A Challenge To My Travel Procurement Friends

 Is it time to think about your category goals for 2018?  Yep.

Are you hoping to somehow increase the size of your savings next year?  Of course.   Are you optimistic about meeting that goal?  Probably not.

Would you like to show senior management that you’re adding significant strategic value to the travel category? That your approach is fundamentally aligned with the needs of the business?  Therein lies my challenge.

For the last 20 years, travel procurement has measured its success by the size of its savings. Travel procurement takes the path of least resistance, happy to measure what’s easiest – ticket prices, room rates, TMC transaction fees, and the all-important discount.

This traditional cost-focused goal is no longer sufficient.  It’s not strategic, and it isn’t sustainable. Travel procurement needs a bigger, bolder goal.

Step 1: Understand The Cost of Traveler Friction

Continue reading

What’s The Real Goal of a Travel Program?

 

Nine Fall LeavesQuick – name three metrics that travel managers care most about…and no, you can’t say savings, savings and savings.

Savings, for sure, maybe followed by discounts and policy compliance, or average ticket price/room/car rate.    These are time-tested, industry-accepted, common-sense metrics that are the foundation for status-quo management of the travel category.

(Going to GBTA’s Convention? See a related meet-up note at the end of this post)

Before you reject my call to demote these traditional metrics, consider the maxim “Measure what matters”.  Note that it isn’t “Measure what’s laying around, looking like it matters”.  It’s not “Measure what we’ve always measured”.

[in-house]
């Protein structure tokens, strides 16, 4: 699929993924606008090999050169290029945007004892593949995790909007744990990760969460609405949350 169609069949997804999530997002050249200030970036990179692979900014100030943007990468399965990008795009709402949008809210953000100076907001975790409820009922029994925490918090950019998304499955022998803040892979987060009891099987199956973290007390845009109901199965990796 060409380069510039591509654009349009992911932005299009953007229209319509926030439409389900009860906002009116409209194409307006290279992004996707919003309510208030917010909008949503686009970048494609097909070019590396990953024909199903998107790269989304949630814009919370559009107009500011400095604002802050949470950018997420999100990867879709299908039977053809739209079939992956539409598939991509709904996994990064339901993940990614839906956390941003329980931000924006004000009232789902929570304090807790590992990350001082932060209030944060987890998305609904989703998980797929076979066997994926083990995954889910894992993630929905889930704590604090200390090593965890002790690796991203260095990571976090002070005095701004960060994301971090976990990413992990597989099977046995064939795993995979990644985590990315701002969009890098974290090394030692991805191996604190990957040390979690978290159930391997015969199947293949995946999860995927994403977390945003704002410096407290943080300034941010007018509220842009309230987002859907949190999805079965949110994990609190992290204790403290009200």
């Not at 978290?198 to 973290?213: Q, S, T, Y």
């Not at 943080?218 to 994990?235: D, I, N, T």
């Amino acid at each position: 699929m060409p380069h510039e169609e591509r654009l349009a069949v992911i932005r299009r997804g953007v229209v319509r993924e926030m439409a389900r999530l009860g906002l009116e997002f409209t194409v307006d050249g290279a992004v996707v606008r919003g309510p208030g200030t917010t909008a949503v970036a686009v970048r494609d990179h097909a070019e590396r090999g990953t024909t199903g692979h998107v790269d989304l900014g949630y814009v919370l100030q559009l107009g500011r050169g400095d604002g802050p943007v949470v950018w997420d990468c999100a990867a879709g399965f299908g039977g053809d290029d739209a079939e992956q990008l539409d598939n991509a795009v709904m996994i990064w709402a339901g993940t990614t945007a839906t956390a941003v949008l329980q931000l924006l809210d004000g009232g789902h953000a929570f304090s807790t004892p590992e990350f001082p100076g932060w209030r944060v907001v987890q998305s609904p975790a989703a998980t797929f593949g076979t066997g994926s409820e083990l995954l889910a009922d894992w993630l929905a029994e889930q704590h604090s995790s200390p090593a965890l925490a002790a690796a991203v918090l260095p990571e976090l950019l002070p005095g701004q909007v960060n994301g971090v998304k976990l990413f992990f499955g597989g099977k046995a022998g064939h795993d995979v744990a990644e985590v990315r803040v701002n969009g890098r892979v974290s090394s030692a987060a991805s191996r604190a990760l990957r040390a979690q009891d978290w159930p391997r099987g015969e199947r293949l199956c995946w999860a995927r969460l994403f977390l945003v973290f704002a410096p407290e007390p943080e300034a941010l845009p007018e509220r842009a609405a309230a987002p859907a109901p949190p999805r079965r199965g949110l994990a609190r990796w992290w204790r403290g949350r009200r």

It’s the “what matters” part that’s the key.  That, and an evolved view of travel management’s mission.

Shouldn’t the goal of managing travel be to create the most value from whatever the travel budget is?  To create the biggest business impact, net of the cost?  Sure…which means we need to think about measuring said impact. Continue reading

KPI Toolkit for Travel Managers

Updated Feb 2017

hierarchy-of-needs-kpis

Travel KPIs and benchmarks have not evolved much in the last 20 years.

Here’s a fresh, much more strategic look at what travel managers should be using to measure the success of their programs.

Start with an understanding of what business travelers need to do their jobs well.  That’s the Hierarchy of Needs, shown in blue.

Hard to argue that the ultimate goal of any business trip is to have a positive business impact, right?  So if that outcome depends on getting the road warrior through each level of needs, then travel managers should be working hard to ensure those needs are well met.

And that means measuring proxies for these levels to show how well said management is going.  Measure these KPIs, mange them well, and your travel program will achieve much greater impact for your business.  I’ll write about these travel benchmarks in more detail soon; for now, the basic ideas:

Risk Score combines the program’s overall readiness for managing travel risks, and the destination risk associated with the program’s travel footprint. Scale the results where high risk and poor readiness result in a high number.  Management will want to see this travel KPI driven down.

Trip Quality combines the quality scores for the flights taken and hotels booked by road warriors. Assign high quality scores to non-stop flights booked in first class, and low quality scores to flights with multiple stops and booked in economy class.  Same direction for hotels – the more stars, the higher the hotel quality score.

Road Warrior Attrition measures the annual rate at which the road warrior workforce loses its people.  Attrition is a very common HR metric…just need to tell HR who your road warriors are. Management probably wants to see this rate decline over time.